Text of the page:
When you're looking for a delicious and easy make classic American dessert, try my blueberry bread pudding with a creme anglaise. Your family will be glad you did.
Keyword: American dessert, bread pudding
Author: Chef Dennis Littley
Blueberry Bread Pudding
1loafsliced potato bread cut into cubes
4cups whole milk
1 ½cups sugar
2cupsblueberriesfresh or frozen
2ouncesunsalted butteroptional (melted)
⅓cuphalf and halfor heavy cream
Blueberry Bread Pudding
You will need a 13×9 inch baking pan
Cut the potato bread into cubes and place in the baking dish (it should be higher than the pan)
Gently beat the eggs, then add the milk, sugar, cinnamon and vanilla and continue to whip with a whisk until the sugar has been fully incorporated.
Pour this milk and egg mixture over the cut bread, mixing it well so that all of the bread has absorbed some of the milk. Let it sit for at least 15 minutes.
Add in the blueberries, distributing them through out the bread mixture. Drizzle the melted butter over the entire pan letting some of the butters richness touch as much of the top of the mixture that it can.
Cover the pudding lightly with foil. Give room for expansion.
Bake for One hour at 350 degrees, then uncover and continue to bake for 15 minutes more or until center is fully set. (if the butter has pooled in any area, spread it around before the finally 15 minutes…this will help get it golden brown.)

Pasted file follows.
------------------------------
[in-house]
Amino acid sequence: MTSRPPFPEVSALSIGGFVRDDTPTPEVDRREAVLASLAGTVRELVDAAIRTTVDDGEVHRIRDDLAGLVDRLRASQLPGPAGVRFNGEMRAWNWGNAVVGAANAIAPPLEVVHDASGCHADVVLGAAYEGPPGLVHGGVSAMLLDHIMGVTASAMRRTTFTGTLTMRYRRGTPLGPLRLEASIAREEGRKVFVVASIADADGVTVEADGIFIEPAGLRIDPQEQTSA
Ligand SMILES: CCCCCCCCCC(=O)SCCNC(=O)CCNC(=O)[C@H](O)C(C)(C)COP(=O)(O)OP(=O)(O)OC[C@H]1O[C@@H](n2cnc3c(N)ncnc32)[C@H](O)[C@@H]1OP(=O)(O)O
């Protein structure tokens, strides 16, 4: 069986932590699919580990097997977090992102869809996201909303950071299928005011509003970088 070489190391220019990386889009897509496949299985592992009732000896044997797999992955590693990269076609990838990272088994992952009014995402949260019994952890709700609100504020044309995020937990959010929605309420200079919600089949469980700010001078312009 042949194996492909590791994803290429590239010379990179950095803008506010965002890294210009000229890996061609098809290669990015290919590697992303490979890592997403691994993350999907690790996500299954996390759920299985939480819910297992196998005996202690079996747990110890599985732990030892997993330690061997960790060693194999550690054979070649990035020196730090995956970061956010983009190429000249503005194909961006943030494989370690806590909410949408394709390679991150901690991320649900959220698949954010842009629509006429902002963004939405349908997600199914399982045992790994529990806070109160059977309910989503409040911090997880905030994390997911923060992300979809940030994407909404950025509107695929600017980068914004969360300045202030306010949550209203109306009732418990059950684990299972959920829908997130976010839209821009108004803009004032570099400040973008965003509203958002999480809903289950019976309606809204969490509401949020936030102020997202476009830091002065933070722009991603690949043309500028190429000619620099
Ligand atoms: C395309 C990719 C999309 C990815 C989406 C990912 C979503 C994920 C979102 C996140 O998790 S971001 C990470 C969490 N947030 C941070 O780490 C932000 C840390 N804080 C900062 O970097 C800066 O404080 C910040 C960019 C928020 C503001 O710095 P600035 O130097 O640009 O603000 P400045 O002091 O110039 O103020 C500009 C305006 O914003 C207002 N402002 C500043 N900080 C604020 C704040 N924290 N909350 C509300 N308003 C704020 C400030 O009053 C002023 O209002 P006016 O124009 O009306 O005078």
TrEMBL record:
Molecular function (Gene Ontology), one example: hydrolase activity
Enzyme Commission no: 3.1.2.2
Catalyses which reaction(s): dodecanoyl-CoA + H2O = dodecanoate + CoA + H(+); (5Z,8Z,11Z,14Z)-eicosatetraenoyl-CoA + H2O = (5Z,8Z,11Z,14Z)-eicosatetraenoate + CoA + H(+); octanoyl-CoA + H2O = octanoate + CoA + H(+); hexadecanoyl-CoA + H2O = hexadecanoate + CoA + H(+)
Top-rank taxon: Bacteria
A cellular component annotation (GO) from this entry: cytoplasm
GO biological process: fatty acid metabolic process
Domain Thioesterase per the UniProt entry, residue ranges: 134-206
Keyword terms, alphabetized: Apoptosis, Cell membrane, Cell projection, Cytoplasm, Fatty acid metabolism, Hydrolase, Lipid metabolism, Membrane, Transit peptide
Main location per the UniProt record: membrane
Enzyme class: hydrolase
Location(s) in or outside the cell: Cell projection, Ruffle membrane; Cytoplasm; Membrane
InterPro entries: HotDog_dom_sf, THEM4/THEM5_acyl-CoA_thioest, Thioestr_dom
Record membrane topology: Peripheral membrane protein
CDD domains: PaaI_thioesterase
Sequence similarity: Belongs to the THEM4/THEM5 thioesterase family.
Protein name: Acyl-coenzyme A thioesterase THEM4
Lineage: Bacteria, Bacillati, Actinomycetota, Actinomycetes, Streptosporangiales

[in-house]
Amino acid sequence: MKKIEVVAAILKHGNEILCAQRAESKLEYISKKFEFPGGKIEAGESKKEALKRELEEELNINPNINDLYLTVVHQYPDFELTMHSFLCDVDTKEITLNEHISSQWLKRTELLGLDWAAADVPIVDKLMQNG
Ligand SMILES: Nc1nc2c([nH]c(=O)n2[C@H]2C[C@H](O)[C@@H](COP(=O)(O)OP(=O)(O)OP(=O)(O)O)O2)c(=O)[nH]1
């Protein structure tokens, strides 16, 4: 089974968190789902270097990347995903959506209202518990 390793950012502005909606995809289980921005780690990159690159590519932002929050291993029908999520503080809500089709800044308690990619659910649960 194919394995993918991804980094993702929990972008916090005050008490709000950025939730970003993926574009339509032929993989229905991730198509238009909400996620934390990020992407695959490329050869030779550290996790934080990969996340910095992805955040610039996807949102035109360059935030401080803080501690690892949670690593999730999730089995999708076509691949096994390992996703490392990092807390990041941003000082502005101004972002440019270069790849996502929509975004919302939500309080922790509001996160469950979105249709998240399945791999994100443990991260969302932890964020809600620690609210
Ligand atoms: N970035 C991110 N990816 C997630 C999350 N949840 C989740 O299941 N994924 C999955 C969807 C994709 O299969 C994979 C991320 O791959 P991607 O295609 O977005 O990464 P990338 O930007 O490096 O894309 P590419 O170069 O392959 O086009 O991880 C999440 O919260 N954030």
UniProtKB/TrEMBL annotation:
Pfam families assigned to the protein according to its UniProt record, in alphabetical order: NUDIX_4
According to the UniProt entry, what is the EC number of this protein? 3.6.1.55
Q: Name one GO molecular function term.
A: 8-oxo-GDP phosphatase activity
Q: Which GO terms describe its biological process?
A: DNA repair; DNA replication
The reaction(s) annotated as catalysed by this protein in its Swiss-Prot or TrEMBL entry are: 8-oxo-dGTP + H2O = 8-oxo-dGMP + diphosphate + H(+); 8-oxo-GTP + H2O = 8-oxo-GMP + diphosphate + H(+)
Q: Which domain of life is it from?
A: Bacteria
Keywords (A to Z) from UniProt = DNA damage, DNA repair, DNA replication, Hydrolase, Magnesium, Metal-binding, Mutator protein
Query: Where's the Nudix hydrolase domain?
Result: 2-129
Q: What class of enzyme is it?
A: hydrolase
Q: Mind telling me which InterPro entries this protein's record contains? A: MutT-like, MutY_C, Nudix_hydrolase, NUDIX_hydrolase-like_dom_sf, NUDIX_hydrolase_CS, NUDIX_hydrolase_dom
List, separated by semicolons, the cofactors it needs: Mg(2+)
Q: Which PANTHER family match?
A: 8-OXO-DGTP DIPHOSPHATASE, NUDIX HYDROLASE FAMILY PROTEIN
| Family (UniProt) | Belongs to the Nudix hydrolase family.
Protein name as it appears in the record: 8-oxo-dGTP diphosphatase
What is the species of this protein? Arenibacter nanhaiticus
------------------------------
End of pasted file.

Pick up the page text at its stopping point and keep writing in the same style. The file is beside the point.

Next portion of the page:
Allow the pudding to cool some, but serve it warm with the Creme Anglaise
Bring 4 eggs to room temperature, and separate using only the yolks.
Whip the egg yolks with the sugar until fluffy and pale yellow, set aside
In a small pot heat the milk and half and half until it is simmering, remove from heat.
Slowly mix half of the milk into the egg mixture, stirring the eggs as you pour the hot milk into them.
Add the egg mixture back into the remaining milk along with the vanilla and continue to simmer for about 5-7 minutes until the mixture has slightly thickened, use a rubber spatula to stir the mixture constantly, getting into all the corners.
(The Creme Anglaise should be thick enough that when you run your finger through a coating on a spoon it remains separated.)
You may strain the Creme Anglaise if it looks like it might have cooked egg in it, but if you're careful you should not need to. **
Place the pot with the finished sauce in a bowl of ice water to cool it down quickly, stirring as it cools.
Place the Creme Anglaise in the refrigerator to get completely chilled and serve with the warm bread pudding.
**do not get the creme anglaise too hot and don't be tempted to leave it on too long to try and continue to thicken. It will break and be unusable if it heats too long.